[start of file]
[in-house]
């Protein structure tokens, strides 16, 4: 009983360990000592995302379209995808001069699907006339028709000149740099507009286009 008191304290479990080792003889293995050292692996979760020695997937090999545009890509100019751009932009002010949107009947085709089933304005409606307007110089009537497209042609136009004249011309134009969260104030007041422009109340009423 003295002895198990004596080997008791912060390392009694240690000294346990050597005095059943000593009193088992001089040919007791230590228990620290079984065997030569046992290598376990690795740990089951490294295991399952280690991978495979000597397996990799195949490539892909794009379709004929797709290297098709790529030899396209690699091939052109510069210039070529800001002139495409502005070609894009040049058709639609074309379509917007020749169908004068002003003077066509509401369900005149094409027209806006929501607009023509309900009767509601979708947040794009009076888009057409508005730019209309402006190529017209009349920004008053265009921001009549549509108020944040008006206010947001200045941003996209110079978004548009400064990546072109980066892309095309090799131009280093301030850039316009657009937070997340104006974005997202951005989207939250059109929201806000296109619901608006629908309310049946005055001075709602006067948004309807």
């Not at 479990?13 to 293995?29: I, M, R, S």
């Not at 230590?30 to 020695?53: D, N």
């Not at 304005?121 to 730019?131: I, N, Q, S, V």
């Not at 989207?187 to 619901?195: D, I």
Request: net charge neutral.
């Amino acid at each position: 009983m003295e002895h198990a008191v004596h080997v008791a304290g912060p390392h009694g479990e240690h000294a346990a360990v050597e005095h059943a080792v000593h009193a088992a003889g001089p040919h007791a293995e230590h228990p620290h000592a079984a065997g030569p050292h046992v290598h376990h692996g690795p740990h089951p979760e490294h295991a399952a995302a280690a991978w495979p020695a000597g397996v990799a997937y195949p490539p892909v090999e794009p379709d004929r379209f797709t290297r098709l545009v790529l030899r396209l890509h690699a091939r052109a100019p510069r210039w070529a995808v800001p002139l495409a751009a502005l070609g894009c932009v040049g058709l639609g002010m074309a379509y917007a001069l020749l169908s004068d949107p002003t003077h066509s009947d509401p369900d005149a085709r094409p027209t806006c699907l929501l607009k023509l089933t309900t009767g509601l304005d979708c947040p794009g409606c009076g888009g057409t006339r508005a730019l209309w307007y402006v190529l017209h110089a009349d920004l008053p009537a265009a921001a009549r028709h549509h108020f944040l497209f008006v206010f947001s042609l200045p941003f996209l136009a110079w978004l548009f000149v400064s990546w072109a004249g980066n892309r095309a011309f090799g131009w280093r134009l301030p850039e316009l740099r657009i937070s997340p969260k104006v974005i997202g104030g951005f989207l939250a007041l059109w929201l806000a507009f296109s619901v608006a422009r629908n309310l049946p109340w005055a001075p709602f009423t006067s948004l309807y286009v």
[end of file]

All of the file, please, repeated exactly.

[in-house]
């Protein structure tokens, strides 16, 4: 009983360990000592995302379209995808001069699907006339028709000149740099507009286009 008191304290479990080792003889293995050292692996979760020695997937090999545009890509100019751009932009002010949107009947085709089933304005409606307007110089009537497209042609136009004249011309134009969260104030007041422009109340009423 003295002895198990004596080997008791912060390392009694240690000294346990050597005095059943000593009193088992001089040919007791230590228990620290079984065997030569046992290598376990690795740990089951490294295991399952280690991978495979000597397996990799195949490539892909794009379709004929797709290297098709790529030899396209690699091939052109510069210039070529800001002139495409502005070609894009040049058709639609074309379509917007020749169908004068002003003077066509509401369900005149094409027209806006929501607009023509309900009767509601979708947040794009009076888009057409508005730019209309402006190529017209009349920004008053265009921001009549549509108020944040008006206010947001200045941003996209110079978004548009400064990546072109980066892309095309090799131009280093301030850039316009657009937070997340104006974005997202951005989207939250059109929201806000296109619901608006629908309310049946005055001075709602006067948004309807």
């Not at 479990?13 to 293995?29: I, M, R, S």
């Not at 230590?30 to 020695?53: D, N």
């Not at 304005?121 to 730019?131: I, N, Q, S, V």
């Not at 989207?187 to 619901?195: D, I």
Request: net charge neutral.
């Amino acid at each position: 009983m003295e002895h198990a008191v004596h080997v008791a304290g912060p390392h009694g479990e240690h000294a346990a360990v050597e005095h059943a080792v000593h009193a088992a003889g001089p040919h007791a293995e230590h228990p620290h000592a079984a065997g030569p050292h046992v290598h376990h692996g690795p740990h089951p979760e490294h295991a399952a995302a280690a991978w495979p020695a000597g397996v990799a997937y195949p490539p892909v090999e794009p379709d004929r379209f797709t290297r098709l545009v790529l030899r396209l890509h690699a091939r052109a100019p510069r210039w070529a995808v800001p002139l495409a751009a502005l070609g894009c932009v040049g058709l639609g002010m074309a379509y917007a001069l020749l169908s004068d949107p002003t003077h066509s009947d509401p369900d005149a085709r094409p027209t806006c699907l929501l607009k023509l089933t309900t009767g509601l304005d979708c947040p794009g409606c009076g888009g057409t006339r508005a730019l209309w307007y402006v190529l017209h110089a009349d920004l008053p009537a265009a921001a009549r028709h549509h108020f944040l497209f008006v206010f947001s042609l200045p941003f996209l136009a110079w978004l548009f000149v400064s990546w072109a004249g980066n892309r095309a011309f090799g131009w280093r134009l301030p850039e316009l740099r657009i937070s997340p969260k104006v974005i997202g104030g951005f989207l939250a007041l059109w929201l806000a507009f296109s619901v608006a422009r629908n309310l049946p109340w005055a001075p709602f009423t006067s948004l309807y286009v």